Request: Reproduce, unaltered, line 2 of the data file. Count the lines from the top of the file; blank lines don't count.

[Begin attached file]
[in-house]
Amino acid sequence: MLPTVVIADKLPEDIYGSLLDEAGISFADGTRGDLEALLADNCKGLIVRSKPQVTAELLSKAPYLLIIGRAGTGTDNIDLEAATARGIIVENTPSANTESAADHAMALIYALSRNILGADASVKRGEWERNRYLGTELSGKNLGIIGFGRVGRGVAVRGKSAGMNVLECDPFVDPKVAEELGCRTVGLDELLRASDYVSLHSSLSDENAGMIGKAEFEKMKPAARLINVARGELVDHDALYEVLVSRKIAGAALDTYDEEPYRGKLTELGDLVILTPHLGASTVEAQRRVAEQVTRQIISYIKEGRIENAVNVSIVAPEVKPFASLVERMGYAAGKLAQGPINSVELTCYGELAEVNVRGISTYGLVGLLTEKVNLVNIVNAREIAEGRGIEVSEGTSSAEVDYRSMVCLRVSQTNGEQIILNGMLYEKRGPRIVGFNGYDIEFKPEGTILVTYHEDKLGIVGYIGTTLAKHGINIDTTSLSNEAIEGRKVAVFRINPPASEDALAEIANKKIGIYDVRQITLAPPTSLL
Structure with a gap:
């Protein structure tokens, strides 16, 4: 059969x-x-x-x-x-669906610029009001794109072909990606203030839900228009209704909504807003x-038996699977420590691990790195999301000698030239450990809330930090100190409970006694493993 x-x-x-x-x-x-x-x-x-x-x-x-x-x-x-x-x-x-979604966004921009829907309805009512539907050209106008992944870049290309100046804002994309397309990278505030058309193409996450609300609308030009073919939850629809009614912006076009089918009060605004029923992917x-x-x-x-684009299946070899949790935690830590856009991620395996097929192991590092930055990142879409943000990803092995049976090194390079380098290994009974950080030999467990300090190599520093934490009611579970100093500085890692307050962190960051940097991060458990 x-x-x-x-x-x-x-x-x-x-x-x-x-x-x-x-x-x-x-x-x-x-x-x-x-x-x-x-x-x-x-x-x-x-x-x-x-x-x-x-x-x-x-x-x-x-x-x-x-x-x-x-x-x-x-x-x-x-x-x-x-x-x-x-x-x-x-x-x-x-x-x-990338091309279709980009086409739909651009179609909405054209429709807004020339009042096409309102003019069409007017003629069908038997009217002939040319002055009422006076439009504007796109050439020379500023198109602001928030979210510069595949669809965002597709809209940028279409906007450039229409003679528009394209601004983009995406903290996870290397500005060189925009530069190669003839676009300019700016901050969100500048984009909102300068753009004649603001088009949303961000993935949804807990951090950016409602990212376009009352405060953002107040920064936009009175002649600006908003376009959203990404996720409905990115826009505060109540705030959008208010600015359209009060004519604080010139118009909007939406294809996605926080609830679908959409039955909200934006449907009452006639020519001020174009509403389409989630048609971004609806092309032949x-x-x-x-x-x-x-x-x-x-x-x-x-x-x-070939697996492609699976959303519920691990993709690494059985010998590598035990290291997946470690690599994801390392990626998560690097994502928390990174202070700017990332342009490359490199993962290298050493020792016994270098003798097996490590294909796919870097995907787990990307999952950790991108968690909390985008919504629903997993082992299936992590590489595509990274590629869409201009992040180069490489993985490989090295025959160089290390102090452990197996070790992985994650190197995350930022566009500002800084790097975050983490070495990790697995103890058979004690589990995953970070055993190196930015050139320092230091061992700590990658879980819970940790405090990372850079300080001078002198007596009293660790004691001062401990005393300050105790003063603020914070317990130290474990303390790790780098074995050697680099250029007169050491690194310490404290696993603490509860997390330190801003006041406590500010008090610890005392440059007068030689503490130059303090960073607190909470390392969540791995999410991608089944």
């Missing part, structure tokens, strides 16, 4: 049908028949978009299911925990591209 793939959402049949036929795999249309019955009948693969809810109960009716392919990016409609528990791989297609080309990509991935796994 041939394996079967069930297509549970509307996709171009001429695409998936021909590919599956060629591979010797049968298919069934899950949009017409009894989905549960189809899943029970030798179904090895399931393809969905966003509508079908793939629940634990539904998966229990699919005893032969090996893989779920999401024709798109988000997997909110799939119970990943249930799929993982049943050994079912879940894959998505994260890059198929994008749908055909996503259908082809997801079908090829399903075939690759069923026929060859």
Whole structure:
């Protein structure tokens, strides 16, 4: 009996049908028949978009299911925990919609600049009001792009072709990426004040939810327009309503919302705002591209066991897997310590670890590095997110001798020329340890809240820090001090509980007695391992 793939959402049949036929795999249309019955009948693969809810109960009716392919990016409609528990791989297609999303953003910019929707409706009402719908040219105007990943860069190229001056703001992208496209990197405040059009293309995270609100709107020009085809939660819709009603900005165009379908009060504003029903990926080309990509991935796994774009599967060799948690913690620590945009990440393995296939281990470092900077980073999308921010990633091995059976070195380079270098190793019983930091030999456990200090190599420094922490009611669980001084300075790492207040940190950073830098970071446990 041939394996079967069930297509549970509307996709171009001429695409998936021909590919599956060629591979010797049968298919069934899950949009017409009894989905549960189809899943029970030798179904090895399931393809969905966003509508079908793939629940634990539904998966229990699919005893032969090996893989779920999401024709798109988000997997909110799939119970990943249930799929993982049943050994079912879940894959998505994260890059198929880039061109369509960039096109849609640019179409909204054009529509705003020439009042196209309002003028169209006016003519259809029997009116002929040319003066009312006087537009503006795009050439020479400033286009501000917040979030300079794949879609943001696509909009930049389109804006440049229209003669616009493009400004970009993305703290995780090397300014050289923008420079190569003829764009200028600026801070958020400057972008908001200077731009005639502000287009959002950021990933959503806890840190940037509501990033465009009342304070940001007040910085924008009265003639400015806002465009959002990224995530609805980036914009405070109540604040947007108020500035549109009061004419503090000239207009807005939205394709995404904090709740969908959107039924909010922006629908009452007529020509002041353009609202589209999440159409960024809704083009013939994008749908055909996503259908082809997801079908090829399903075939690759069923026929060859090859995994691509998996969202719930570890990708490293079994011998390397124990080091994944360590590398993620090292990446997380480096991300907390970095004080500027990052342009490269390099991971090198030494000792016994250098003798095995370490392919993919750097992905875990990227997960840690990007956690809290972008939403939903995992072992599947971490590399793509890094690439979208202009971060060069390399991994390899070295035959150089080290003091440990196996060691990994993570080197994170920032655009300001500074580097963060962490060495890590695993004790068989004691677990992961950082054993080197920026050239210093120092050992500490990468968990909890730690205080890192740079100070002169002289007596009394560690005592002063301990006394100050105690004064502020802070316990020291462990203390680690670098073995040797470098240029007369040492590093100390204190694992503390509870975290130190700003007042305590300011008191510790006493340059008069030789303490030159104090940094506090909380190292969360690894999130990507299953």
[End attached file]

Amino acid sequence: MLPTVVIADKLPEDIYGSLLDEAGISFADGTRGDLEALLADNCKGLIVRSKPQVTAELLSKAPYLLIIGRAGTGTDNIDLEAATARGIIVENTPSANTESAADHAMALIYALSRNILGADASVKRGEWERNRYLGTELSGKNLGIIGFGRVGRGVAVRGKSAGMNVLECDPFVDPKVAEELGCRTVGLDELLRASDYVSLHSSLSDENAGMIGKAEFEKMKPAARLINVARGELVDHDALYEVLVSRKIAGAALDTYDEEPYRGKLTELGDLVILTPHLGASTVEAQRRVAEQVTRQIISYIKEGRIENAVNVSIVAPEVKPFASLVERMGYAAGKLAQGPINSVELTCYGELAEVNVRGISTYGLVGLLTEKVNLVNIVNAREIAEGRGIEVSEGTSSAEVDYRSMVCLRVSQTNGEQIILNGMLYEKRGPRIVGFNGYDIEFKPEGTILVTYHEDKLGIVGYIGTTLAKHGINIDTTSLSNEAIEGRKVAVFRINPPASEDALAEIANKKIGIYDVRQITLAPPTSLL